Harper Government Announces First Steps Towards World-Class Tanker Safety System
Working together, the three departments will examine diluted bitumen to develop a more profound understanding of the product's chemical and physical properties, and its behaviour in marine environments.
New and modified aids to navigation
The CCG will ensure that a system of aids to navigation comprised of buoys, lights and other devices to warn of obstructions and to mark the location of preferred shipping routes is installed and maintained. The Canadian Hydrographic Service will conduct hydrographic surveys and will incorporate the aids to navigation information along with other safety information to generate improved navigational charts and other related safety products. Aids to navigation and hydrographic charts and safety information are important elements of Canada's marine navigation system. Implementation of these measures will ensure mariners are adequately provided with the navigational support they require for safe and efficient navigation of vessels to and from the Port of Kitimat.
Modern navigation systemThe CCG, together with the Canadian Hydrographic Service will develop options for enhancing Canada's current navigation system (e.g. aids to navigation, hydrographic charts, etc) by fall 2013. Stakeholders have indicated that Canada's current navigation system could be improved by leveraging advances in data collection and communications technologies. Relevant navigational information (e.g. charts, buoy status, weather, ice conditions, etc.) can now be made electronically available to vessels in real-time, if the right technology is available, thereby improving the safety and efficiency of marine transportation.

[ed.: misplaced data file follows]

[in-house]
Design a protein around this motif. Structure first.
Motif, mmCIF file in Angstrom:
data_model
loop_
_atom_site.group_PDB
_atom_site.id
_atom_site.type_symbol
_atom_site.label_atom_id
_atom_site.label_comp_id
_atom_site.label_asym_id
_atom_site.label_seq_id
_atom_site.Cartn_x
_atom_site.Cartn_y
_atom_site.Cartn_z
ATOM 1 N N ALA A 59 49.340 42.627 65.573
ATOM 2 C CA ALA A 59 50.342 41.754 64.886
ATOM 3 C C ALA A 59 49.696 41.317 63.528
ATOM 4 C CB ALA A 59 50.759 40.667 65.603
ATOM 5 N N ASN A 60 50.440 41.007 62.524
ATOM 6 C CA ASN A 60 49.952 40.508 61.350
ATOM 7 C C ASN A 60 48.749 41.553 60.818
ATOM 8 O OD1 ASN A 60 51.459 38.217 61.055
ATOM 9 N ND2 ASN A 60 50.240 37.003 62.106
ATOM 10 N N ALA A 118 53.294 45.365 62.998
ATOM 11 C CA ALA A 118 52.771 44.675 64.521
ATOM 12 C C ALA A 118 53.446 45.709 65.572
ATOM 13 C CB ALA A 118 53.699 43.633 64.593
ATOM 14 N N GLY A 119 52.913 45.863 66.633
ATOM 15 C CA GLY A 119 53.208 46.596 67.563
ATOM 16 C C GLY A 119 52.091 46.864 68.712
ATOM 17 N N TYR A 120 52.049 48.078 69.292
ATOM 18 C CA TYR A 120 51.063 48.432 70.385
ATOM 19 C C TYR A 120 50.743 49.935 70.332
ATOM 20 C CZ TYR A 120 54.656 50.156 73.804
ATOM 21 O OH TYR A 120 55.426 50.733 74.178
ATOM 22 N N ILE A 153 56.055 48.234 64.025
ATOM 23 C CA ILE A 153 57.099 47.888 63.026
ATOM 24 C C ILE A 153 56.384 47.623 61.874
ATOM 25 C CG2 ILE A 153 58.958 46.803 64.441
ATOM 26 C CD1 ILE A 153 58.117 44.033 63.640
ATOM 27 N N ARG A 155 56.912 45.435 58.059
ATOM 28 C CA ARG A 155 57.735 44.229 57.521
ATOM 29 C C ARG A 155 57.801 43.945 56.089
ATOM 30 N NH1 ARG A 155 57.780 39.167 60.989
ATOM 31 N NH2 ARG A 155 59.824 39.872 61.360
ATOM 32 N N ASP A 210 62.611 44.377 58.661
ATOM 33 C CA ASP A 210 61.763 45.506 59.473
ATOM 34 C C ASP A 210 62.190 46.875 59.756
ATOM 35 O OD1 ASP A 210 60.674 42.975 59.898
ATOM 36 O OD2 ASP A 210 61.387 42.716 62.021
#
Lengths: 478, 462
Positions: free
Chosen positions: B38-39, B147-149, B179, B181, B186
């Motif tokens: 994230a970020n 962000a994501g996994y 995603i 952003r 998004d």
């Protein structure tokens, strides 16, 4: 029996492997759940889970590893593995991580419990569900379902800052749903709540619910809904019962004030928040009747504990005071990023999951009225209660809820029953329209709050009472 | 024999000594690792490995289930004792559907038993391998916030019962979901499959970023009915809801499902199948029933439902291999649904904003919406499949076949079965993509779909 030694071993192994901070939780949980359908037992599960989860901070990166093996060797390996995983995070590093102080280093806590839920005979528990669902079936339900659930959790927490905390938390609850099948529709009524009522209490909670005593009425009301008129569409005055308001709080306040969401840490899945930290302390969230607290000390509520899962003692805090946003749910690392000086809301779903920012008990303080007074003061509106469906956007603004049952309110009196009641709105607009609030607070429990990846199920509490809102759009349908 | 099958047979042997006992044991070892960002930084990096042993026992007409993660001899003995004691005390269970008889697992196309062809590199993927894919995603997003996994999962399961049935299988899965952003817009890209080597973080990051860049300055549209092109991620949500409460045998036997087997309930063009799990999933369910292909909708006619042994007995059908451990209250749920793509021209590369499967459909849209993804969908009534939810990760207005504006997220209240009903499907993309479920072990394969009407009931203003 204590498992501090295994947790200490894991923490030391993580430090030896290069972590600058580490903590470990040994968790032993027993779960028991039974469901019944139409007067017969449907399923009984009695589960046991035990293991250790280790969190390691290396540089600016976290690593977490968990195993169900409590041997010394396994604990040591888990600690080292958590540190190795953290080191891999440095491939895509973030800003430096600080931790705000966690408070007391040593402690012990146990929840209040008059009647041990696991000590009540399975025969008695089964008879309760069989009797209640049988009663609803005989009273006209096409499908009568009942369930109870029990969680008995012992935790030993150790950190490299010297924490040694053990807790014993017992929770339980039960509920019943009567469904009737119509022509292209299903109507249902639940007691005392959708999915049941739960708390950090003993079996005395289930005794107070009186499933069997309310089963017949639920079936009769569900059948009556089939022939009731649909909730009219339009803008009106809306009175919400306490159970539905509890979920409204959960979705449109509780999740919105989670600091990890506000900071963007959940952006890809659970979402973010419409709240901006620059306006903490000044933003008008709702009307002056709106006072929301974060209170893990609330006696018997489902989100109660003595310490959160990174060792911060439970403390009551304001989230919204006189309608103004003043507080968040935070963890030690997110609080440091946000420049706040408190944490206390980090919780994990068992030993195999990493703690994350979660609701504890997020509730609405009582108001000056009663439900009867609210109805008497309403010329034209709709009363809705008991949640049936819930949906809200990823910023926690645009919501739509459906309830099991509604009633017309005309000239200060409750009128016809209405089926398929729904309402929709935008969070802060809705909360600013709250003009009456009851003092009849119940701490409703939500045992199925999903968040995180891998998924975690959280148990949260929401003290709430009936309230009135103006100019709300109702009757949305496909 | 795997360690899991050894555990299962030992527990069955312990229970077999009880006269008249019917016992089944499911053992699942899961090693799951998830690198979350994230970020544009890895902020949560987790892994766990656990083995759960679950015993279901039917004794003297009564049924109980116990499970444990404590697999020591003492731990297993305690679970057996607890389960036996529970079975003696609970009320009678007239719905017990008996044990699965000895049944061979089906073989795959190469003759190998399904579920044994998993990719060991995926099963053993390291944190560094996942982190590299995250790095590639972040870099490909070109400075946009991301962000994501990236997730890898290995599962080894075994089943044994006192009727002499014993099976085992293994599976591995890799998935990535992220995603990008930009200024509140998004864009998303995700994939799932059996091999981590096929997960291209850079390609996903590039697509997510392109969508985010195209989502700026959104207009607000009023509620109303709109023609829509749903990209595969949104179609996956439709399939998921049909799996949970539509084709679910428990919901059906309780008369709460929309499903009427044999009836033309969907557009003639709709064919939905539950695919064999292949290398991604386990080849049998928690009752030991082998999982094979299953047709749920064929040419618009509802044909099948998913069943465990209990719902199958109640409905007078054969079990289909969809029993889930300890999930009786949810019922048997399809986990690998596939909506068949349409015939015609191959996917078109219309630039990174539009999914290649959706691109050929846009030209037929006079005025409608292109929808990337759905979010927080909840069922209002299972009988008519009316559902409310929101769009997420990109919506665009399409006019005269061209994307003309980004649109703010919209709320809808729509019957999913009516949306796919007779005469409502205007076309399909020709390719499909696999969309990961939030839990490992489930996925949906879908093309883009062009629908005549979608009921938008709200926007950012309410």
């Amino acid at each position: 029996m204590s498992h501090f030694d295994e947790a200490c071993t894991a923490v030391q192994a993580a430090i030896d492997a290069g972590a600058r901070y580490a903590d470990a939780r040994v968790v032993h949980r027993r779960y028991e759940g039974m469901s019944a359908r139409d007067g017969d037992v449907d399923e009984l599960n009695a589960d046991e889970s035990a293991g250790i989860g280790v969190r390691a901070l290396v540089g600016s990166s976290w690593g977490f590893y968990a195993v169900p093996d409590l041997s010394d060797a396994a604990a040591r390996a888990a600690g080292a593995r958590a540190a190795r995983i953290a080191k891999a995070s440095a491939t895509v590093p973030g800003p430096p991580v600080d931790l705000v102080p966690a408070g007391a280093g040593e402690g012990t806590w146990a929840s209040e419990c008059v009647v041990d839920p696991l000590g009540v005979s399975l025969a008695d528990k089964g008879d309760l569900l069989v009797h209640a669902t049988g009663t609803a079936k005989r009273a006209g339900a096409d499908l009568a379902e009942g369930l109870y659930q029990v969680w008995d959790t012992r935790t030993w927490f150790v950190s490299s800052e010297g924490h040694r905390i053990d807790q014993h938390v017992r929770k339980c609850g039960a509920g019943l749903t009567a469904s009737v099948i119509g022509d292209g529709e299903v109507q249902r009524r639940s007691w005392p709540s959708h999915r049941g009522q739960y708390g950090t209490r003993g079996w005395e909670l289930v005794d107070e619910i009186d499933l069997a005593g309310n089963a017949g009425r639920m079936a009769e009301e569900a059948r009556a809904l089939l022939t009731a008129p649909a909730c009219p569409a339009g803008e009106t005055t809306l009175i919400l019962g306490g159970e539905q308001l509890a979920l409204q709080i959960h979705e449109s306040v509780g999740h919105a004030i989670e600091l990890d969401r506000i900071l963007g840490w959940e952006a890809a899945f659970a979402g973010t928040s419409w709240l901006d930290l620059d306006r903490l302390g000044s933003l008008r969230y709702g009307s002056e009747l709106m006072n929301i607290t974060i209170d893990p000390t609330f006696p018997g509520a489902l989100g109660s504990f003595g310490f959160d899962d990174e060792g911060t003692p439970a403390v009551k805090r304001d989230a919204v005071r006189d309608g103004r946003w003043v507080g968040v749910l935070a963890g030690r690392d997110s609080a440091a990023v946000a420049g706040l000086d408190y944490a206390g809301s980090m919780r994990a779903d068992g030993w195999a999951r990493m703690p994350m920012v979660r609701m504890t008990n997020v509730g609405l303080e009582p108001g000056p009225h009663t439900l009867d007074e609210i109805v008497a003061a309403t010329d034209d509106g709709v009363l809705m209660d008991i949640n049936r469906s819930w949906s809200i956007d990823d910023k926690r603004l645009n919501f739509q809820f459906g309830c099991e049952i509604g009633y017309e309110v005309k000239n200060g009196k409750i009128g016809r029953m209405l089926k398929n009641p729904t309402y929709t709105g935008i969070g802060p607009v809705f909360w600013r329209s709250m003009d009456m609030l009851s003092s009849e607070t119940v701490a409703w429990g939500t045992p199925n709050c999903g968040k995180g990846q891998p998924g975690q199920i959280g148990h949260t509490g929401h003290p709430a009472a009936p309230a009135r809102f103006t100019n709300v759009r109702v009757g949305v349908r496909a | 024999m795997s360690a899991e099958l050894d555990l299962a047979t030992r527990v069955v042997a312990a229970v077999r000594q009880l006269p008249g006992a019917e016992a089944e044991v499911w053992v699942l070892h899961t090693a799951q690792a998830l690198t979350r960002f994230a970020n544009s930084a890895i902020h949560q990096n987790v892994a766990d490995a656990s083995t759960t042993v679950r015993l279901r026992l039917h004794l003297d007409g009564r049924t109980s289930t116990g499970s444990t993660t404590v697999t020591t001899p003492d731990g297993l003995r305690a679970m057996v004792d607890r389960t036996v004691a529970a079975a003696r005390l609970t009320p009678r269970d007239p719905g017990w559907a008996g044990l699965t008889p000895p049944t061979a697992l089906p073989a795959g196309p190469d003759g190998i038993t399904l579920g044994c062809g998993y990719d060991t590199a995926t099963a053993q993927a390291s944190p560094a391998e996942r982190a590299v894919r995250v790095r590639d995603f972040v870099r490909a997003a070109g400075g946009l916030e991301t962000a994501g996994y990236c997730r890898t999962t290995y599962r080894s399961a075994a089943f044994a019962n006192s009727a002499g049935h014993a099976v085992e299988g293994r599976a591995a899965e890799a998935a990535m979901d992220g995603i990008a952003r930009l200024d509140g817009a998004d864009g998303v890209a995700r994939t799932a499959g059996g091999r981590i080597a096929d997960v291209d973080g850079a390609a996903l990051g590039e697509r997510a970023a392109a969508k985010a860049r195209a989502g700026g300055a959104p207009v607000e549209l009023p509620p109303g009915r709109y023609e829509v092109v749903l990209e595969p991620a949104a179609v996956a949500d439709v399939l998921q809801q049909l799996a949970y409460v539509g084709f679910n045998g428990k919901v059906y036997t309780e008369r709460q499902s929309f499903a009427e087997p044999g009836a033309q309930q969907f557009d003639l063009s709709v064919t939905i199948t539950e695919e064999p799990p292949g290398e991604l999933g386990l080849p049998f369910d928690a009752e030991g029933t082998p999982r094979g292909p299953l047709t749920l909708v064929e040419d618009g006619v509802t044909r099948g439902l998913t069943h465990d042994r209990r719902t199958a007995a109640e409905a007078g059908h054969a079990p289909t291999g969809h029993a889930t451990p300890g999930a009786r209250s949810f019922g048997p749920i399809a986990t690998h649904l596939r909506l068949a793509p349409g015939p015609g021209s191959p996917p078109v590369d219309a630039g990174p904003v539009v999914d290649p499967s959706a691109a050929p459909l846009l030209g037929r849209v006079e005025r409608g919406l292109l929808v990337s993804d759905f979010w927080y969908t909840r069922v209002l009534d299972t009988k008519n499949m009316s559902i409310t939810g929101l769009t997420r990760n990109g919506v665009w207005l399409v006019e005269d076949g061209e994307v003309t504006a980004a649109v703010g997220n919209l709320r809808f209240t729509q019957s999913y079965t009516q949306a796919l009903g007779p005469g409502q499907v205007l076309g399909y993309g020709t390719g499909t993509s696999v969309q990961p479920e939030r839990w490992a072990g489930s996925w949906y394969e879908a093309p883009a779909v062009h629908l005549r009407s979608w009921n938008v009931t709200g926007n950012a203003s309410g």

World-Class Tanker Safety System: liability and compensation Canada's liability and compensation regime for oil spills are based on the "polluter pays" principle, which means that the polluter is always responsible for paying for the cost of an oil spill clean up, including third party damages. This means that if a ship causes a spill, its owner is liable for losses and damages under federal legislation. Furthermore, in accordance with international conventions, ship owners are subject to compulsory insurance to an amount which is linked to the tonnage of their vessel. If the amount of damages exceeds the shipowner's liability, international and domestic funds provide additional compensation to a total amount of approximately $1.36 billion. The Government of Canada is committed to reviewing Canada's liability and compensation regime and is taking further action to ensure that it has a world-class tanker safety system for shipping resources safely through Canada's waterways before any major new energy export infrastructure becomes operational. The government will undertake a comprehensive review of the oil pollution liability and compensation regime associated with marine transportation spills, based on a risk assessment. The review will include examining the adequacy of the compensation available in the event of a spill and the relevant legislation will be updated to ensure a comprehensive oversight system that places the cost of paying for pollution with the polluter, not Canadian taxpayers.
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